“The upper limits of our thermal neutral zone.”
Understanding the temperatures at which human metabolic rates start to rise and how this varies among individuals has implications for working conditions, sports, medicine, and international travel.
As global temperatures continue to rise due to climate change, extreme heat poses an increasing health threat. The human body is resilient, but it has its limits. So, what is the highest temperature that people can endure?
Ongoing research led by Prof. Lewis Halsey and his team at the University of Roehampton in the UK has identified the existence of an upper critical temperature (UCT) for humans, estimated to fall between 40°C and 50°C. Further investigations are underway to understand the underlying factors behind the rise in metabolic energy costs at high temperatures.
Prof. Halsey and his team have discovered that the resting metabolic rate, which measures the amount of energy the human body consumes to maintain basic functions, can be higher when individuals are exposed to hot and humid conditions.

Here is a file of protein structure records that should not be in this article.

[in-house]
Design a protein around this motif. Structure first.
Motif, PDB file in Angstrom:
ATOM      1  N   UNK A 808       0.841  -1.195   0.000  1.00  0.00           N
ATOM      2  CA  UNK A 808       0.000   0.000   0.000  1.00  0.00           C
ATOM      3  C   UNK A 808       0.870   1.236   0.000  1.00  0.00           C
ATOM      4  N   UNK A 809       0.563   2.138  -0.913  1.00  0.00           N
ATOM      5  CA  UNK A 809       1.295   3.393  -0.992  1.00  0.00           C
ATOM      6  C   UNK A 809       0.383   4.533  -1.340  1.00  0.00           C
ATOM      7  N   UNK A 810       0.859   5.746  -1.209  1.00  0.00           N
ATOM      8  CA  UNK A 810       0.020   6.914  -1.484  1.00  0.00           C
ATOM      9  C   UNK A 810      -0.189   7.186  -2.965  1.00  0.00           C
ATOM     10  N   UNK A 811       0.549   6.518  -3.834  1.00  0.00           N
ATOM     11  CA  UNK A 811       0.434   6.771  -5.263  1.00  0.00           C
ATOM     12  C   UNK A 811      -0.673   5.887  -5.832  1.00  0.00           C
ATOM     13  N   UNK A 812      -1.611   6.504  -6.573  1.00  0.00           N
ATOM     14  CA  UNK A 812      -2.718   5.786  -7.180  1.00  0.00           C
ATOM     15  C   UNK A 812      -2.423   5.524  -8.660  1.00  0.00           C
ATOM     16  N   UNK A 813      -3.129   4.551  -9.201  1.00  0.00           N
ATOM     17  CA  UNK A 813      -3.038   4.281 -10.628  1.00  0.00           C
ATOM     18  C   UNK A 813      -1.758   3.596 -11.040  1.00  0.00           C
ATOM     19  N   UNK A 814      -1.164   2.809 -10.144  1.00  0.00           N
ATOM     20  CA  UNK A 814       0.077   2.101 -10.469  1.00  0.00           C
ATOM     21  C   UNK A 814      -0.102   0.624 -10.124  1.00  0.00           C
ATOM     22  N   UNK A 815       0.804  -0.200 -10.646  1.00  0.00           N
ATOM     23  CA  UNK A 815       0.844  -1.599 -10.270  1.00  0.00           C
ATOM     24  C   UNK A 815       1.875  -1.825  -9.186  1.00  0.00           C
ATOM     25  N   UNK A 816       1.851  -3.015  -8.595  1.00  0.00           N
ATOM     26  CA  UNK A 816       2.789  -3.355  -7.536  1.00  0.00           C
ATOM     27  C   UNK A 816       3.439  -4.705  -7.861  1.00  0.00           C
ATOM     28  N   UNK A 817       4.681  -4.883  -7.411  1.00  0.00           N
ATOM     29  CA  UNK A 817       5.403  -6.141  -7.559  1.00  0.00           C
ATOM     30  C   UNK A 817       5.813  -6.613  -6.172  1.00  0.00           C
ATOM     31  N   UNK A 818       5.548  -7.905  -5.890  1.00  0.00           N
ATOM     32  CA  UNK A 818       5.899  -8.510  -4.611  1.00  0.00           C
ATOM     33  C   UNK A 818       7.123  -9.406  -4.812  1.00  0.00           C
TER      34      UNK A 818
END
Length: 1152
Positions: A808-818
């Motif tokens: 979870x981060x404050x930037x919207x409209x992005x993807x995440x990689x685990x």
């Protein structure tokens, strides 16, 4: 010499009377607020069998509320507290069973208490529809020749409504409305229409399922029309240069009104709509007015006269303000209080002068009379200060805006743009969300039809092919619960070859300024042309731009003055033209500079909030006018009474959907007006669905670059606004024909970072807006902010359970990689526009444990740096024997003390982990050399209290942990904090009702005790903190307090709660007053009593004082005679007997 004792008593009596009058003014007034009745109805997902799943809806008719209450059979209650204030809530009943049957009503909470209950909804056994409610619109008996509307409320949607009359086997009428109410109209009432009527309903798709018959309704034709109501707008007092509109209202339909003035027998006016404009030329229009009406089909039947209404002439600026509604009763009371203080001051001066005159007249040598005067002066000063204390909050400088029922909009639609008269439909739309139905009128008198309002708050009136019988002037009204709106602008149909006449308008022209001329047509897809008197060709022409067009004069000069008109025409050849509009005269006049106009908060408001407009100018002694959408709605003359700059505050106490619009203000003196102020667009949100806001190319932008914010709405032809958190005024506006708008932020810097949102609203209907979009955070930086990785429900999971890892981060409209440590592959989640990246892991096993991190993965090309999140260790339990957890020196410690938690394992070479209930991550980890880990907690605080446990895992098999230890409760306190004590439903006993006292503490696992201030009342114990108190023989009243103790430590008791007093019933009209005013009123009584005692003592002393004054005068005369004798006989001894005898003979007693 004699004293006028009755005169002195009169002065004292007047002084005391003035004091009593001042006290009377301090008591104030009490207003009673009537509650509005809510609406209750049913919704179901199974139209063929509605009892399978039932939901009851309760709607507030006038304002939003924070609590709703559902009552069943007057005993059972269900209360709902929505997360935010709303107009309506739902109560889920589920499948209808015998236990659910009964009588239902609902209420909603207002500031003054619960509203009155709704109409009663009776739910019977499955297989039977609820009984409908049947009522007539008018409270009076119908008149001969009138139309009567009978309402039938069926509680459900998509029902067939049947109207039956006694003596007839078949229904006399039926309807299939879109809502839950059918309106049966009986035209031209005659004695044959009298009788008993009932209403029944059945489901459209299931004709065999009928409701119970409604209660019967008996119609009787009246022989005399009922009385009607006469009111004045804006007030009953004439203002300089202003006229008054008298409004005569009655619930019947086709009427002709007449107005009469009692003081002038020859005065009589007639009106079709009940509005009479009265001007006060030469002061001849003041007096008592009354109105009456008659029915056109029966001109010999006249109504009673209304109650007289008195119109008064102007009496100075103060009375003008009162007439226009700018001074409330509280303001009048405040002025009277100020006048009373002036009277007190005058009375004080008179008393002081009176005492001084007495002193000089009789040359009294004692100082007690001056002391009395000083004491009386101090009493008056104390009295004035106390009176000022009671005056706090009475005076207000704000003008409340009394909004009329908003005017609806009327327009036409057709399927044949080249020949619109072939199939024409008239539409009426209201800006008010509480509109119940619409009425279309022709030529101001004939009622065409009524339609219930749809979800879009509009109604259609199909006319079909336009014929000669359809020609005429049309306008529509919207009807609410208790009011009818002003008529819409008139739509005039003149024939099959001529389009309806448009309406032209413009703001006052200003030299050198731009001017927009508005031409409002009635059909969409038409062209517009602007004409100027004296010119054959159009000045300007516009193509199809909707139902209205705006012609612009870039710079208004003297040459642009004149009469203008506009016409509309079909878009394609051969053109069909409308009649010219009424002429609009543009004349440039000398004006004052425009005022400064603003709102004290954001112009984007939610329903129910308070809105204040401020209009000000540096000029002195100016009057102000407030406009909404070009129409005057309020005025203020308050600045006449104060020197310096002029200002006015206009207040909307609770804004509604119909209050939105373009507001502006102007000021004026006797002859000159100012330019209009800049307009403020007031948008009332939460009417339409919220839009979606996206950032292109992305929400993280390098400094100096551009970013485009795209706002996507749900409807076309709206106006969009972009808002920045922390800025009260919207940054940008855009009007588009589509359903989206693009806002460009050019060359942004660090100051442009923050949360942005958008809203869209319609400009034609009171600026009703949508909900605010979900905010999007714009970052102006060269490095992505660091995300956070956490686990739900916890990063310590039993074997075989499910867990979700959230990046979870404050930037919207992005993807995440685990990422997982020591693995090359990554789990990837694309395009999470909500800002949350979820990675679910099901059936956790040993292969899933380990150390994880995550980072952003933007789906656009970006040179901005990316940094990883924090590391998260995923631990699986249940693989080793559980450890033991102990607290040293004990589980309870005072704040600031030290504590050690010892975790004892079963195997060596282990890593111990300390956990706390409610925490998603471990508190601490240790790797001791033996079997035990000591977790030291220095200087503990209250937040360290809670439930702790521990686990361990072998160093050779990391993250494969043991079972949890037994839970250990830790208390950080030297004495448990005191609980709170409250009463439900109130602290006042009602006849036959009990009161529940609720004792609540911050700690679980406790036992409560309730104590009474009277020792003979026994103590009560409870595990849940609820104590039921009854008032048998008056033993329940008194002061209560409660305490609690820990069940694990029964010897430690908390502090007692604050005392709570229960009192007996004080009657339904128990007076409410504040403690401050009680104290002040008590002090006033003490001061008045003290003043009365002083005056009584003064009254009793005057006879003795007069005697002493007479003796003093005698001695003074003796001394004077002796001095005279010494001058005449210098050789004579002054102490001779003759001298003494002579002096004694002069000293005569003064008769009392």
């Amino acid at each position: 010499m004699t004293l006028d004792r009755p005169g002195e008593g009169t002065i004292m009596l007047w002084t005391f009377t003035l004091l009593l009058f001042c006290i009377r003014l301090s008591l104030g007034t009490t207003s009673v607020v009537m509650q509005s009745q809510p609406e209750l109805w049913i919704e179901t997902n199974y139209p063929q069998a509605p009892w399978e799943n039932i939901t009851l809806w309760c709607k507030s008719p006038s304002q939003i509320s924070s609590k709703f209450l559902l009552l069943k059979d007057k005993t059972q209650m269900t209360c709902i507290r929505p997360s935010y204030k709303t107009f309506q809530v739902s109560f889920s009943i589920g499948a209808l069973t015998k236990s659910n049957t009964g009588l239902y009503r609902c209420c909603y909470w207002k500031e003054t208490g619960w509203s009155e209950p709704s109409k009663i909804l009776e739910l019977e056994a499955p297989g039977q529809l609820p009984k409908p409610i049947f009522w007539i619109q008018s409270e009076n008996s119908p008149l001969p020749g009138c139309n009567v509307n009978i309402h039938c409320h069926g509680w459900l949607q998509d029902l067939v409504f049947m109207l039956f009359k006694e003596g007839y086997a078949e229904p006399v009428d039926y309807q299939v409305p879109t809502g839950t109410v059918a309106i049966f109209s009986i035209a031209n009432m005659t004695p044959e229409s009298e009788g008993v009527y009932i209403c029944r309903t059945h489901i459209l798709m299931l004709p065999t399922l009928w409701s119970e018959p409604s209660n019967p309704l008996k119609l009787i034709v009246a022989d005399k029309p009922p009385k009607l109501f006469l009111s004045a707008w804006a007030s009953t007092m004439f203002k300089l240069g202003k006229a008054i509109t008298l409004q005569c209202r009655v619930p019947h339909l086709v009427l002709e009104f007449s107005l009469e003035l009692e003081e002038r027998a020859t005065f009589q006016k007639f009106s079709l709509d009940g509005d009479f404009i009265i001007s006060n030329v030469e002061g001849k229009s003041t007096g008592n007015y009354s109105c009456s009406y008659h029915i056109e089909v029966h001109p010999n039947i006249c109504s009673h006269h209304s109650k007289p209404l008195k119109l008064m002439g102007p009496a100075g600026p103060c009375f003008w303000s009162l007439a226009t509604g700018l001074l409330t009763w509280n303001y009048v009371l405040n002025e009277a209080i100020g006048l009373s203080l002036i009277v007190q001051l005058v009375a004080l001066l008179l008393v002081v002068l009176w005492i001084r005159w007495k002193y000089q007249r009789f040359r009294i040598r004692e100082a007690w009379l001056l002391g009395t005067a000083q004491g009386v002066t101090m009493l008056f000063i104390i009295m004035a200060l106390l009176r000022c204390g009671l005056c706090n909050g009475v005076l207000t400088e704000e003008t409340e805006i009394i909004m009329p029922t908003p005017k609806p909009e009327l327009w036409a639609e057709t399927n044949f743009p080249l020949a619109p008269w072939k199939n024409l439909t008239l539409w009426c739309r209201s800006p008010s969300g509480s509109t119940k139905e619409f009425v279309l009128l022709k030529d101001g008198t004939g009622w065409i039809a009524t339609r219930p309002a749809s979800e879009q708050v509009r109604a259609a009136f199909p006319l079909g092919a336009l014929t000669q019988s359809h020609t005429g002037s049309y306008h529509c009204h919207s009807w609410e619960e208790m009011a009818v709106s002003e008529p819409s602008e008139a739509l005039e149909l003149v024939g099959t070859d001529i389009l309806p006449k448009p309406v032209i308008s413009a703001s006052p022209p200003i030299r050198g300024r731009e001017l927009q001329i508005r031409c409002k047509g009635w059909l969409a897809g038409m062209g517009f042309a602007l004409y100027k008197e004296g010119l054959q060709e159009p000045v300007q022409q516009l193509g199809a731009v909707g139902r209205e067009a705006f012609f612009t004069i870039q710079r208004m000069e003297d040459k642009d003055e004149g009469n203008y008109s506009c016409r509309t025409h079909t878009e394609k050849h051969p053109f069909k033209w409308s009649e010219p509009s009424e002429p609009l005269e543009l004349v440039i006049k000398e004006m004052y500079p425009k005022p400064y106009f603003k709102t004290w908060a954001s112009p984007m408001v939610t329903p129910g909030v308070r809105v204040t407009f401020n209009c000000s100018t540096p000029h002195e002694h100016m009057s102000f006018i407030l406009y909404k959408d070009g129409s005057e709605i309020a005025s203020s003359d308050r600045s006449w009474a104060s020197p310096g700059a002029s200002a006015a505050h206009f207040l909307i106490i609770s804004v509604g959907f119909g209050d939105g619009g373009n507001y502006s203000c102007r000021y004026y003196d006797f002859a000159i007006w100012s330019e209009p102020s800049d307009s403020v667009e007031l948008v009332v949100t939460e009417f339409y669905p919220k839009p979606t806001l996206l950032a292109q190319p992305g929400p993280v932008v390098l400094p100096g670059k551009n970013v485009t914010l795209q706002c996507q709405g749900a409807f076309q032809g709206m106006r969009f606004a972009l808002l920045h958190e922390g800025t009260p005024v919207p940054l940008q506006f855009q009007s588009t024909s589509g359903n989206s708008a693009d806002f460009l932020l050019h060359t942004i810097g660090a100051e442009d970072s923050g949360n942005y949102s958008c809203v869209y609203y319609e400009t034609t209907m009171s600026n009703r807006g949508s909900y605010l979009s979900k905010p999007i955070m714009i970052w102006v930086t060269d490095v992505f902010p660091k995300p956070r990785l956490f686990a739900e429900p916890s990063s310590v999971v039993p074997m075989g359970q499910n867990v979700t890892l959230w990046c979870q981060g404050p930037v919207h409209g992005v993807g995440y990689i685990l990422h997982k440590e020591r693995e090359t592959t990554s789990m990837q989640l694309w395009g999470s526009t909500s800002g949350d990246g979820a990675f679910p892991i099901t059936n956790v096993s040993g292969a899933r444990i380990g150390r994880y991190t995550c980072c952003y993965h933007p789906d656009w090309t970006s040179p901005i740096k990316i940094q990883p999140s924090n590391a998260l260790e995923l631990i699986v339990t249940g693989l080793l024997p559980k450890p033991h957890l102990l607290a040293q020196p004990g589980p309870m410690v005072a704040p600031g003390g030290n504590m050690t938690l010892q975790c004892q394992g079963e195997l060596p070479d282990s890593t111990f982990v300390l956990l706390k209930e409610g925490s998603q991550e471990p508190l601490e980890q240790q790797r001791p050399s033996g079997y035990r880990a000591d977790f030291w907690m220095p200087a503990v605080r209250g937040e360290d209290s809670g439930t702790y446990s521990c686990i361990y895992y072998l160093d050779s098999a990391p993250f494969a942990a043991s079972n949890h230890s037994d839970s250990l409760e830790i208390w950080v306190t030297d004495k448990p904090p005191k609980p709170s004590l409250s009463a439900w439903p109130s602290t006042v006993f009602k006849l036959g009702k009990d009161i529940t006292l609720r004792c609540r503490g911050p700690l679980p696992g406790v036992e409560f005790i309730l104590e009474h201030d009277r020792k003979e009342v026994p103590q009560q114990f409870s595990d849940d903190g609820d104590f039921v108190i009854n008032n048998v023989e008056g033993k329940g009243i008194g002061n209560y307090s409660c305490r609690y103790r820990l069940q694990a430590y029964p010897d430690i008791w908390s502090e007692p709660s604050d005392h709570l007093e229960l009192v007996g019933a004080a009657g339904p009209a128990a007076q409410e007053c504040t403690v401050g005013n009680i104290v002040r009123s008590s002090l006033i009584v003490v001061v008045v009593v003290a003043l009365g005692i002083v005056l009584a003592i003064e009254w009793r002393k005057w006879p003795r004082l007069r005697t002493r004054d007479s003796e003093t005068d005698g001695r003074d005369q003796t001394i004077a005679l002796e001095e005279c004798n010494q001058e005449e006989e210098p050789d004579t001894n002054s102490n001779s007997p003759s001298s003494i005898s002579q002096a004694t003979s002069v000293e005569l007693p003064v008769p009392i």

“Quite a lot of work has been done on the range of temperatures that different animal species prefer to live at in terms of their metabolic rates being minimal and thus their energy expenditure being low, but, weirdly, information is much less available for humans when considering the upper limits of our thermal neutral zone,” remarks Prof. Halsey.
Prof. Halsey and his team are also investigating the effects of temperatures above the UCT on heart function and how these effects differ among individuals based on factors such as age and physical fitness.
“We found some considerable changes in heart function responses to the heat between categories of people, the most novel being between the sexes,” says Prof. Halsey. “That is, on the average, men and women display some key differences in their cardiovascular responses to the heat”.
The team employed a state-of-the-art echocardiograph to measure detailed heart function, a challenging task in high-temperature environments.
“It was not easy to operate this kit in the heat!
“The sort of equipment you’d see in hospitals but rarely in research laboratories.”
Prof. Halsey will discuss the team’s latest findings during his talk at the SEB conference, highlighting the progress made in understanding the body’s response to heat stress.
“We are steadily building a picture about how the body responds to heat stress, how adaptable it can be, the limits to those adaptations, and – crucially – how varied responses are between individuals.
“In a warming world, this knowledge becomes ever more valuable.”
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